SIG MMG 338 Program Series

Sneak peek – Adams Ind HDNVG

Here are two pictures taken through night vision on a moonless cloudy night. The one on the left is regular night vision. The one on the right is through Adams Industries HDNVG.

Adams Ind NVGAdams Ind HDNVG

In normal night vision you can see that there’s a car parked in the driveway.

With HDNVG you see:
• Some of the areas you thought were street are actually grass.
• There is a tree behind the car that could provide concealment.
• There is a power pole behind the house.

Oh, and the car’s not parked in a driveway; it’s parked on the grass

Coming to SHOT Show.


32 Responses to “Sneak peek – Adams Ind HDNVG”

  1. Bushman says:

    This stuff can make some kind of revolution just like “color” X-ray scanners did in screening.
    The technology should be based on wavelength/energy selection, red tint represents 800…1500nm near-infrared, I suppose… So it should even help to detect, for example, fresh branches or grass, cut for camouflaging something – it should be visibly less red-tinted.

    • Chris Adams says:

      The night the picture was taken there was a half moon and a it was overcast. This made for an IR rich environment. Remember, we are NOT pushing this as “color night vision” only “High Definition” so though you brain may scream “trees are not red!” for the first minute or so, you get used to it. We could color correct the bushes back to green, but then we’d be throwing away a LOT of light.

      • Bushman says:

        Of course, it’s your business strategy to call it whatever you like (“HD” instead of “color”) and I understand, why – people could easily read the “color night vision” like “night vision that shows real colors”, and that’s not true, of course. While “high definition” sounds true, because human eye is able to detect color difference better than intensity difference (at least if the picture is bright enough), that’s why, for example, thermal vision devices using “ironbow” LUT. As well as “color” X-ray does not show the actual colors of stuff in your bag, but using colors to represent different materials (plastic, metal).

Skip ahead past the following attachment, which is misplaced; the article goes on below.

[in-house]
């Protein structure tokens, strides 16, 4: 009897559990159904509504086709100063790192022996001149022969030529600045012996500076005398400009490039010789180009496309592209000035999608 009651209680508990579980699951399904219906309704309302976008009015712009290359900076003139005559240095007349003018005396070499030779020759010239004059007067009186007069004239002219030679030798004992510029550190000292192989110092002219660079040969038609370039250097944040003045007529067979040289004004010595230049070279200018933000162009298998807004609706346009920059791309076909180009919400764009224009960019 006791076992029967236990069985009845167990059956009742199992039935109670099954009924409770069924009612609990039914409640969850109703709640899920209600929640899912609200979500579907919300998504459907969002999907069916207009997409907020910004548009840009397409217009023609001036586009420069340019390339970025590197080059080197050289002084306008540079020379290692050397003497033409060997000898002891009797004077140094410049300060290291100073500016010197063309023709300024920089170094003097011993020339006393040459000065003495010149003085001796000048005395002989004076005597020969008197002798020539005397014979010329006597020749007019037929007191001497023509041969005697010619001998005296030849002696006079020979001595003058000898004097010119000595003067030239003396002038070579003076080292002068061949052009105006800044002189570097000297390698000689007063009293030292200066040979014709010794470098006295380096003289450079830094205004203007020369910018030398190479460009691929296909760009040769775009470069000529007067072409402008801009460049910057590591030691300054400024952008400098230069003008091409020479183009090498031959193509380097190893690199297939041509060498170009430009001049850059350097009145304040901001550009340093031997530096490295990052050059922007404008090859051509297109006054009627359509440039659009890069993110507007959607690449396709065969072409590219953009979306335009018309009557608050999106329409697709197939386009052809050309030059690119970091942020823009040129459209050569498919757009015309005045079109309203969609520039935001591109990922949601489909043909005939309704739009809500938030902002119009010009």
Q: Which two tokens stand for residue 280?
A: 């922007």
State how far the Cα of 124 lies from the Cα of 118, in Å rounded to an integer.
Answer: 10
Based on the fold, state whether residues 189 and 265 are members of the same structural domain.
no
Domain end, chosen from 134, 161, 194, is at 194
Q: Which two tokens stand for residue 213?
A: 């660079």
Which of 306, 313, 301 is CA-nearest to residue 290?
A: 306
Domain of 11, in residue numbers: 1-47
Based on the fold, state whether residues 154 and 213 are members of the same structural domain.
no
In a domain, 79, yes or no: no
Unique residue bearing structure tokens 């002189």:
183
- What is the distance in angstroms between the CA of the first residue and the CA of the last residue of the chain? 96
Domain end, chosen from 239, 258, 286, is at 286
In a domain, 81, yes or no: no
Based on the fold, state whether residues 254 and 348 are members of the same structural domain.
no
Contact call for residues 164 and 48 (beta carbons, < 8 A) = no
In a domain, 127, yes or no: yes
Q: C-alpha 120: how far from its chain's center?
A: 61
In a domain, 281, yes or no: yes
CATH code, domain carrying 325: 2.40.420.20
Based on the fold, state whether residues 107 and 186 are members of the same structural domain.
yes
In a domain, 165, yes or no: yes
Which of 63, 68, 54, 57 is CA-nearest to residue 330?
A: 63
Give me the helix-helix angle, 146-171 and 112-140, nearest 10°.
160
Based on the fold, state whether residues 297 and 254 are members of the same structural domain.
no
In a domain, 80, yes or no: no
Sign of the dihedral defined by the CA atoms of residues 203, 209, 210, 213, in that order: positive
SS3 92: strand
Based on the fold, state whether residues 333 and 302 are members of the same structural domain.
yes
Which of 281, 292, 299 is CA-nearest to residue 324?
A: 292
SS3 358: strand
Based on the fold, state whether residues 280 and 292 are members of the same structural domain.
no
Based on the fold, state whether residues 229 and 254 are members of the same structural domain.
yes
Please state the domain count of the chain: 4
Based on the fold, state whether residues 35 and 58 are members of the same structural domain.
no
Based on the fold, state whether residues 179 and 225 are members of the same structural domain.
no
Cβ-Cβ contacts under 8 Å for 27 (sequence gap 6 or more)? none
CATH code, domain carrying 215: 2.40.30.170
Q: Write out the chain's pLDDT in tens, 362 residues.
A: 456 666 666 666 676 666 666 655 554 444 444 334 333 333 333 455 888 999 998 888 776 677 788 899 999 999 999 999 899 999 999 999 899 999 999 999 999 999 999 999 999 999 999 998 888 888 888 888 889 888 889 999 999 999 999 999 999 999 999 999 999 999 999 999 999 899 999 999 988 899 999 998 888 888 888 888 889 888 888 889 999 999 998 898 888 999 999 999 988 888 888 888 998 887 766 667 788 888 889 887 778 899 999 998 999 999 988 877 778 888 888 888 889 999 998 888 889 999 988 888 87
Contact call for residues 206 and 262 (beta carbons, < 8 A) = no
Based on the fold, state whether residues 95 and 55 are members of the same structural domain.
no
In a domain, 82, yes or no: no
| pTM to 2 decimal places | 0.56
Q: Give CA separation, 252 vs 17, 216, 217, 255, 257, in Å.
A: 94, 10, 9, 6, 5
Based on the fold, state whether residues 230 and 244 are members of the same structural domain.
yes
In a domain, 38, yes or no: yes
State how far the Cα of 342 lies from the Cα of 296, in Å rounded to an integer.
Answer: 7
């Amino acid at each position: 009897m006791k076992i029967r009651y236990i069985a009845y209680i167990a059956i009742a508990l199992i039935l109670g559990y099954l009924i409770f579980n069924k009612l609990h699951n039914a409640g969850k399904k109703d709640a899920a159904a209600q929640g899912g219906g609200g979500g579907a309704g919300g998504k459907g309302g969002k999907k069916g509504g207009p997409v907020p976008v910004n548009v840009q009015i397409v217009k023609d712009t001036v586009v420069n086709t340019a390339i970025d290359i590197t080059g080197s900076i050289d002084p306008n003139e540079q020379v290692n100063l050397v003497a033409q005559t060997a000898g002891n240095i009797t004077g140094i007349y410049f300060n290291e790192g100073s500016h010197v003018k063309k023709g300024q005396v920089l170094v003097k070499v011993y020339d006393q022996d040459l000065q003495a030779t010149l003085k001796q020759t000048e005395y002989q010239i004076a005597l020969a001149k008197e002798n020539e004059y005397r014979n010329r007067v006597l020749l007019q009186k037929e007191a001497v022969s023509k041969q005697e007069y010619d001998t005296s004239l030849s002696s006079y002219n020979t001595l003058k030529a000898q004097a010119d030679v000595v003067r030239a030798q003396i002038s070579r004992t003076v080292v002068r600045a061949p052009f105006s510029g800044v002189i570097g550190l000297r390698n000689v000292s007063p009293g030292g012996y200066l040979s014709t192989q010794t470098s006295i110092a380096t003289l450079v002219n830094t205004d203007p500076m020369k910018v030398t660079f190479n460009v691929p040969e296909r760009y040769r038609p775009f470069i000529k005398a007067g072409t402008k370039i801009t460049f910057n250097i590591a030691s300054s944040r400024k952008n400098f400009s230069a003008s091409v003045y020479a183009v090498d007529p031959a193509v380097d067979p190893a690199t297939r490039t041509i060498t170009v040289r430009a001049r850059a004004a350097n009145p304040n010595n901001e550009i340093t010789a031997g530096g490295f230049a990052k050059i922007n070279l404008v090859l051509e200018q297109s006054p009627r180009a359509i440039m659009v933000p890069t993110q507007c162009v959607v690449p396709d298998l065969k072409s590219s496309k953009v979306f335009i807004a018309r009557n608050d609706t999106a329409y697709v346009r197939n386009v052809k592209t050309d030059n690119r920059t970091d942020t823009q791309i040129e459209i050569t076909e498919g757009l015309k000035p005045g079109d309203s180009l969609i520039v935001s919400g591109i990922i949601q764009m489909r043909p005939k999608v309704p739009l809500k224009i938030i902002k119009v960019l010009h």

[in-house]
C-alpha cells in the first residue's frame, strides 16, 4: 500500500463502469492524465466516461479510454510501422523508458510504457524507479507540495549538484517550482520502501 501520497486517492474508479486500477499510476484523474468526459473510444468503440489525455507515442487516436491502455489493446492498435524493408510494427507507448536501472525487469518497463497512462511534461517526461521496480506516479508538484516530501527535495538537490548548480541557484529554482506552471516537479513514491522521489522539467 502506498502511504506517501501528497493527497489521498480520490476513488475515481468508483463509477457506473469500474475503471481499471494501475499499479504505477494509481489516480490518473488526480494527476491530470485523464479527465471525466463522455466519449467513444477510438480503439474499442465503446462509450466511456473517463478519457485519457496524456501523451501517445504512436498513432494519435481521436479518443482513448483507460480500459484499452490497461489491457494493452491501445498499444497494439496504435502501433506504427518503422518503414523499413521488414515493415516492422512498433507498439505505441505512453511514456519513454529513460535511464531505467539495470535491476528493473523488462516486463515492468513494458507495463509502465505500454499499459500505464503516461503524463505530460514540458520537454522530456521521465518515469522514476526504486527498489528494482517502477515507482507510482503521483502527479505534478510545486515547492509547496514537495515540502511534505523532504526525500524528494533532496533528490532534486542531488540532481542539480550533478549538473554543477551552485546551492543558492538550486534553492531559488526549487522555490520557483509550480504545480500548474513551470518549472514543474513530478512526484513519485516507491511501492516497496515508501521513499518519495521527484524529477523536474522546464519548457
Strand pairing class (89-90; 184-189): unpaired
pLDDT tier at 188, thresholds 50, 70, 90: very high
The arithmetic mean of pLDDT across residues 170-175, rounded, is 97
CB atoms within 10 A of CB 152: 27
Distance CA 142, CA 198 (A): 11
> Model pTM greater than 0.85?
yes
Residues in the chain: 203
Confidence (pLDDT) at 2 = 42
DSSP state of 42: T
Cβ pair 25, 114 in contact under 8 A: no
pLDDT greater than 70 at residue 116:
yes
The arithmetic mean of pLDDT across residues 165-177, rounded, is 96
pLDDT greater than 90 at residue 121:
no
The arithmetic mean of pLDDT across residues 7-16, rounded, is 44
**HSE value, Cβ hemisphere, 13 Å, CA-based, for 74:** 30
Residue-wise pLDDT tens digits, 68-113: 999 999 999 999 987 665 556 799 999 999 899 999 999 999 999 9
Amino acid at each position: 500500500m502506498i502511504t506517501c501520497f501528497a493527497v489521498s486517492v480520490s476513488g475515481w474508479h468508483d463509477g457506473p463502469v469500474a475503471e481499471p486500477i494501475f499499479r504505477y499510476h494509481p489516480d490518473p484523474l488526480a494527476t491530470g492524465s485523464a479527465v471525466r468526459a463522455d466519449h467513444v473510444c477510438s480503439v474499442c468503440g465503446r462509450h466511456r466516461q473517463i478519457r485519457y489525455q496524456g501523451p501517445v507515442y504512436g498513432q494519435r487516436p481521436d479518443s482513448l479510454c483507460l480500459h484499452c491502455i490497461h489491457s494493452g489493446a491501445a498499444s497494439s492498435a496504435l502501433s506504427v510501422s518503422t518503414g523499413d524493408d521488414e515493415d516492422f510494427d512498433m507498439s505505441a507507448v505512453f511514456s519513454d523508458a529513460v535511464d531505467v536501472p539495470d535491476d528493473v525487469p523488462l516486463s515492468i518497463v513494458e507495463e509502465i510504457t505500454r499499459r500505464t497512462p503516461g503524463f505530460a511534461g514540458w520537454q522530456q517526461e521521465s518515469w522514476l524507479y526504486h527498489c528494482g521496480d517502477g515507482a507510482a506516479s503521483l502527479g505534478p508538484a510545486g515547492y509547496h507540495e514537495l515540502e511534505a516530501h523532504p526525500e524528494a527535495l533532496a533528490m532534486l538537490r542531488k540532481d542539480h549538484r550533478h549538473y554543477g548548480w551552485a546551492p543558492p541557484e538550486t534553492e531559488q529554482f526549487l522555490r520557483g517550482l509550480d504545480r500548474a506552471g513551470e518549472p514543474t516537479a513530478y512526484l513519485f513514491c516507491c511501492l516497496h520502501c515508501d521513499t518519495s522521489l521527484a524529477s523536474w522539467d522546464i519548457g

I have some long experience in satellite imagery processing, and it’s OK for me to see the red vegetation, that’s why I’m so excited about that.
        So called “multispectral false-color composites” made of different visible and IR wavelengths are one of the most powerful tool of remote sensing, because it usually lets you to see much thinner details than so called “panchromatic” images.

        By the way, you can use it for advertising – something like “NASA used it for decades, now you also can”.

  2. Night vision stagnated for quite awhile but this looks to be a huge leap forward.

  3. Toby says:

    Chris, I have to say this is much better than I expected. To say the very least this is a complete game changer for any profession that needs the use of night vision. I can not wait to try this our on my Sentinel’s. This is amazing. This will be especially helpful for patrols in vegetated areas and from aircraft. Thanks for this Chris.

  4. Reseremb says:

    Can be used with a TACS-M?

  5. Will says: